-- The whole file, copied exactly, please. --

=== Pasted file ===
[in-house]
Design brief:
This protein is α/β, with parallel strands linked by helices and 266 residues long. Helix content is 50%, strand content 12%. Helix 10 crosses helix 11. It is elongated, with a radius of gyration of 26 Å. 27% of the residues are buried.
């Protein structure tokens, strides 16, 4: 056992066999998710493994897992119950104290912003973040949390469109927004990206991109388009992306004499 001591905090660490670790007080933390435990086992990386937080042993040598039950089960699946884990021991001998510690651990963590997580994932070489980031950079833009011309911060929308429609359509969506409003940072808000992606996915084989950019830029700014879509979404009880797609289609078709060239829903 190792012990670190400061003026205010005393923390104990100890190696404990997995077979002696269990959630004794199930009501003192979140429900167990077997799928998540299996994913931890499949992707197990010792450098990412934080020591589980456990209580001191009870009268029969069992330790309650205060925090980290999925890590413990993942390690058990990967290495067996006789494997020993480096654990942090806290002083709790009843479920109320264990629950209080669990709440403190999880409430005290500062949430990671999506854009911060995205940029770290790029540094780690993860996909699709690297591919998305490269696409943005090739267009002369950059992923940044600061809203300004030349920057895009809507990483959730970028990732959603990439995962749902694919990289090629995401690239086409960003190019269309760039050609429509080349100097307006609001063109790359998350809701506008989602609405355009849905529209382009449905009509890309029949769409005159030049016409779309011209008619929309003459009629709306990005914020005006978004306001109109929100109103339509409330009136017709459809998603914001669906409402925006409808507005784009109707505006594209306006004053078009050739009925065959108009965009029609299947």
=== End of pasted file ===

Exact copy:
[in-house]
Design brief:
This protein is α/β, with parallel strands linked by helices and 266 residues long. Helix content is 50%, strand content 12%. Helix 10 crosses helix 11. It is elongated, with a radius of gyration of 26 Å. 27% of the residues are buried.
């Protein structure tokens, strides 16, 4: 056992066999998710493994897992119950104290912003973040949390469109927004990206991109388009992306004499 001591905090660490670790007080933390435990086992990386937080042993040598039950089960699946884990021991001998510690651990963590997580994932070489980031950079833009011309911060929308429609359509969506409003940072808000992606996915084989950019830029700014879509979404009880797609289609078709060239829903 190792012990670190400061003026205010005393923390104990100890190696404990997995077979002696269990959630004794199930009501003192979140429900167990077997799928998540299996994913931890499949992707197990010792450098990412934080020591589980456990209580001191009870009268029969069992330790309650205060925090980290999925890590413990993942390690058990990967290495067996006789494997020993480096654990942090806290002083709790009843479920109320264990629950209080669990709440403190999880409430005290500062949430990671999506854009911060995205940029770290790029540094780690993860996909699709690297591919998305490269696409943005090739267009002369950059992923940044600061809203300004030349920057895009809507990483959730970028990732959603990439995962749902694919990289090629995401690239086409960003190019269309760039050609429509080349100097307006609001063109790359998350809701506008989602609405355009849905529209382009449905009509890309029949769409005159030049016409779309011209008619929309003459009629709306990005914020005006978004306001109109929100109103339509409330009136017709459809998603914001669906409402925006409808507005784009109707505006594209306006004053078009050739009925065959108009965009029609299947």